As many as 78 residents of Njeliyanparamba wait at the Marad court complex for their case to be called on Saturday. They have been waiting the whole day — men, women, and toddlers. For them, this has been their plight for the past three years. Ever since they gathered together in 2010 to protest the indiscriminate dumping of waste at the defunct waste-processing facility, run by the Kozhikode Corporation, located in the middle of their neighbourhood.
At Njeliyanparamba, the air stinks and disease-carrying mosquitoes buzz. Water is dark and the stench permeates the air inside the homes of these residents standing outside the courtroom.
In 2010, they had gathered courage, borne out of necessity, to protest. They picketed the Corporation office, demonstrated outside the garbage facility, and refused to let the garbage-laden Corporation truck from entering the premises.
The reprisal from the system was swift. Criminal cases were charged against the residents en masse. What followed was days of waiting outside the courts.
Today, their spirit is dampened. Masons, daily-wage drivers, labourers, Kudumbasree workers — all of whom form the residents’ koottayma at Njeliyanparamba — stand listlessly outside the Marad court complex at Eranhipalam, silently cursing themselves for having sought their fundamental right to a dignified life.
This is the situation despite a Kerala High Court order on April 11, 2012 to the Corporation to ‘make necessary upgrade to the present treatment plant and complete the construction of the leachate treatment plant within six months of the date.’ It was also directed under sections 326 to 332 of the Kerala Municipality Act of 1994 to dispose of the solid waste and filth within a year.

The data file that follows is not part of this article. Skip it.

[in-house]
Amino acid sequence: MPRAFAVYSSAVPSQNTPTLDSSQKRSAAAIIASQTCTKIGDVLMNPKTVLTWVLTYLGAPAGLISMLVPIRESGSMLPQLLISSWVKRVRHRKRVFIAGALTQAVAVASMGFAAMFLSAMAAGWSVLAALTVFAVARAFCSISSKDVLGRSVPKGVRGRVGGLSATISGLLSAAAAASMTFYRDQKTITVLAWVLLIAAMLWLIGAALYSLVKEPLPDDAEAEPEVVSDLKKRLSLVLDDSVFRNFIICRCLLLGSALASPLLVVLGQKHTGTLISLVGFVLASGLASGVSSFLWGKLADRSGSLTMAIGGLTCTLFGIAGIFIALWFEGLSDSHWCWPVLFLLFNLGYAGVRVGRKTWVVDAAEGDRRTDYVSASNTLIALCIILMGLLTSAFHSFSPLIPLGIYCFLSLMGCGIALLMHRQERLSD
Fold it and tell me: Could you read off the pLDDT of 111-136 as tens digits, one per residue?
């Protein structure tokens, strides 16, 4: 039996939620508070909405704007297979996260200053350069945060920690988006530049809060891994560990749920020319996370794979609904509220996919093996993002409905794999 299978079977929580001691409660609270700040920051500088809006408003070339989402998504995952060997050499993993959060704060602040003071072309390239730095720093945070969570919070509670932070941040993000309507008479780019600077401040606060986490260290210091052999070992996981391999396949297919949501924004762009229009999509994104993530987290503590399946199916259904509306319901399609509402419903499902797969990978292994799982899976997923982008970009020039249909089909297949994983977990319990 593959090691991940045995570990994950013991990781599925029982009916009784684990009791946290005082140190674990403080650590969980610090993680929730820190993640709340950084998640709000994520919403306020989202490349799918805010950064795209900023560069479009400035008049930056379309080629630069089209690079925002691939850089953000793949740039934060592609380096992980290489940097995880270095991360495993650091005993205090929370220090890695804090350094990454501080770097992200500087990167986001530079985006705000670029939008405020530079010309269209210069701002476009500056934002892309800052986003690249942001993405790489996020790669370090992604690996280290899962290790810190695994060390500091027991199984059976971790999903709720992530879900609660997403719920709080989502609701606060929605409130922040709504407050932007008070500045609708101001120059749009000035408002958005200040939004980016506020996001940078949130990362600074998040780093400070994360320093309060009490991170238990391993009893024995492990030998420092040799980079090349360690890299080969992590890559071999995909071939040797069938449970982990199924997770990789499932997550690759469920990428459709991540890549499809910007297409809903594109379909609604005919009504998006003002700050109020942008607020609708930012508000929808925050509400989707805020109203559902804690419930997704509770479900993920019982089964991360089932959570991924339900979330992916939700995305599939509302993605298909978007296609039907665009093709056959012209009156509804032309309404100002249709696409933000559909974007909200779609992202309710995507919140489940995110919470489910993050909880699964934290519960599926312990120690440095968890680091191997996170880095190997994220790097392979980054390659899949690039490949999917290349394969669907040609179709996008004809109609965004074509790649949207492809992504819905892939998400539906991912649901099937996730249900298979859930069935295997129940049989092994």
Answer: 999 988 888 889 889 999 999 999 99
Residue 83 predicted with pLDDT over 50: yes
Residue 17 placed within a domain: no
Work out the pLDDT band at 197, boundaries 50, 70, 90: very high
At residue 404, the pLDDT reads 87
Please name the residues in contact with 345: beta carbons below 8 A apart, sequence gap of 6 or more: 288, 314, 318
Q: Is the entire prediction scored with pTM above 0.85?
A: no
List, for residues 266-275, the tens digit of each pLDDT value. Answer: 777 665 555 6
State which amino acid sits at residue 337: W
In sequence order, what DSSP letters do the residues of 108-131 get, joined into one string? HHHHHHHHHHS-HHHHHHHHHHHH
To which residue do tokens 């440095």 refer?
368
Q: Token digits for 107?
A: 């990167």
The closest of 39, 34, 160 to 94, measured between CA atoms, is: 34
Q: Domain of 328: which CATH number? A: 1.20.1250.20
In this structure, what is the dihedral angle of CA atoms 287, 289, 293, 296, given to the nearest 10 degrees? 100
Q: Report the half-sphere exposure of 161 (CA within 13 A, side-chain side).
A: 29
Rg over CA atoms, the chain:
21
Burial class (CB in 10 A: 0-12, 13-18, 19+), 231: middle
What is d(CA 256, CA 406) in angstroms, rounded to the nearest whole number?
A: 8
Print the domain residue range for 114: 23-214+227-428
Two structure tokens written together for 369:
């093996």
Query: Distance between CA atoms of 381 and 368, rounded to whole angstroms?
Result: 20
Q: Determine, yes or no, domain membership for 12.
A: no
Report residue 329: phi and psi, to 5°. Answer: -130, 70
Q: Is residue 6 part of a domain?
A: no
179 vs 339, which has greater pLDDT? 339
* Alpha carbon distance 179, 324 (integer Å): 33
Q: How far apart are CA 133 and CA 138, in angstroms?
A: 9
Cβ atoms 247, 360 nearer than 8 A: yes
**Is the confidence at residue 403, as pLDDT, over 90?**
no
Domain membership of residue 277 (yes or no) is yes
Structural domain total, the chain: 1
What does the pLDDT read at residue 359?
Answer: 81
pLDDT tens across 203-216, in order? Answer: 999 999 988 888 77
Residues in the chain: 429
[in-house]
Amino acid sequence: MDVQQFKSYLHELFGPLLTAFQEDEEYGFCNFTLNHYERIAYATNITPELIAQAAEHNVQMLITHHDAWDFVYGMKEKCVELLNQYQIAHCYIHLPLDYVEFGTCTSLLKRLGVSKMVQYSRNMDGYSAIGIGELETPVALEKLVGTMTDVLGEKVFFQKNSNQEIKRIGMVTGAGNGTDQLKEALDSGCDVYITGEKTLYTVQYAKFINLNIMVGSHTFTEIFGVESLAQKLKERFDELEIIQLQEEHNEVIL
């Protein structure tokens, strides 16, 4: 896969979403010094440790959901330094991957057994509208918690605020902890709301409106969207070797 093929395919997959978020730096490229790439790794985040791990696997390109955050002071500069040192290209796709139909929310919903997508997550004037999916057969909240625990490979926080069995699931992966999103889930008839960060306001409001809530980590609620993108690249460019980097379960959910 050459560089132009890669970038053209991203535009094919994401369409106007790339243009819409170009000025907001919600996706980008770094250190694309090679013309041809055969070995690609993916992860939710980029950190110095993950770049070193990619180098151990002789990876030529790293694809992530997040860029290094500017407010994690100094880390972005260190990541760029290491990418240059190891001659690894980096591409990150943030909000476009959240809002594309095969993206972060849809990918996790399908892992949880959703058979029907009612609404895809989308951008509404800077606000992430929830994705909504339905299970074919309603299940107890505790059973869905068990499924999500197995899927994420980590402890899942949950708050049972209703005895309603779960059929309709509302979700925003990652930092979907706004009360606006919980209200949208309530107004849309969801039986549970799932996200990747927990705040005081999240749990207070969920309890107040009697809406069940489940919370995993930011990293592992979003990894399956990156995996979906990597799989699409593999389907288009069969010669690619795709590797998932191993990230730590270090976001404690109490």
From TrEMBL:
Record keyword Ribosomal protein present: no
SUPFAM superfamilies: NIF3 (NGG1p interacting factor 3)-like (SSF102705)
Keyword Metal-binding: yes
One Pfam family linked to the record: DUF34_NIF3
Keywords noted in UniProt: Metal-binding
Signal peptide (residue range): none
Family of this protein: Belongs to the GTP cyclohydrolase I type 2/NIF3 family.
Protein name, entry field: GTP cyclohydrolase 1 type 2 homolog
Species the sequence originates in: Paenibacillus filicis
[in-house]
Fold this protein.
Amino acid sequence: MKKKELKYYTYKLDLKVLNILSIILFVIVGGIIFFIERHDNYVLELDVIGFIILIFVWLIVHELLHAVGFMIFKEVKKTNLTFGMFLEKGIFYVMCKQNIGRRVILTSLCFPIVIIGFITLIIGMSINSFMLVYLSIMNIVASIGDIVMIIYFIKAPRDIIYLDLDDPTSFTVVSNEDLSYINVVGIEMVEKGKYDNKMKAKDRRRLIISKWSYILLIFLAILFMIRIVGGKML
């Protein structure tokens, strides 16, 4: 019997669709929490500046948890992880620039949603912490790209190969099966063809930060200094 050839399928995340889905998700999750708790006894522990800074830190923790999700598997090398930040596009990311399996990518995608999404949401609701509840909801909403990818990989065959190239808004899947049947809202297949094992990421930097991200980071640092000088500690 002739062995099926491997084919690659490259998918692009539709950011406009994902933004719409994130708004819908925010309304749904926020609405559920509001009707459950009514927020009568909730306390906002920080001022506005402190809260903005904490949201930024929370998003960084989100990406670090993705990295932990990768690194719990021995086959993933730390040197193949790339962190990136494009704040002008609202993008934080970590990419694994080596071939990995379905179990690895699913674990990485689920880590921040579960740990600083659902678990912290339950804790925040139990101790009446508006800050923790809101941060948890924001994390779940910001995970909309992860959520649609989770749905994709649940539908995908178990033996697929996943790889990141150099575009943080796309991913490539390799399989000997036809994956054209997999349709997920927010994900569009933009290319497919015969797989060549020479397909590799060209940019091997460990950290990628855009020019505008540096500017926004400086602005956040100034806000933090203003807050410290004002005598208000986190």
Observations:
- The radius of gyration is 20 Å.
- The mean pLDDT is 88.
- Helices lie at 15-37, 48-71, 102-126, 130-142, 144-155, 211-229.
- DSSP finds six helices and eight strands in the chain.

As a child cries in the court complex, Abdul Sukoor, a lorry driver, shifts uneasily. “We came here at 10.30 a.m. We are 78 residents accused in this case. Ten or more are women. Some of them cannot leave their children at home, so we brought them along,” Mr. Sukoor said.
Their names were finally called for the hearing at 1.30 p.m. They were informed by the court that their case would be called again at 3 p.m. It was lunch break. Many dispersed to the nearby teashops for a bite, others stayed on the court premises.
“Waste is still being dumped daily on the plant premises. We cannot stand anywhere in a half-km radius of the plant. Asthma and skin diseases are common. We are worried about our children,” A. Mohammed, a retired KSRTC driver and resident, said.
O.K. Koya, a resident who led the struggle for his neighbours, said the plant was built to produce manure, but the facility is ill-equipped as it has only one conveyor belt to crush the collected waste.
He said the local body flouted the Municipal Solid Waste Management rules, including concretisation of the ground to prevent percolation of waste water and poison into the groundwater. The residents would approach the Supreme Court if necessary, he said.
But residents such as Mr. Sukoor said there had been no protests since the cases were charged against them in 2010.
“We are daily wage workers. We cannot afford to stay away from work the whole day like this,” he said.
The case is again called. The court asks them if they are pleading guilty of the charges. Their answer is in the negative. The hearing is wound up for the day.
Later in the evening, Mr. Sukoor says on the phone: “I do not know when the next hearing is. No one told us. I am standing near the plant. It stinks.”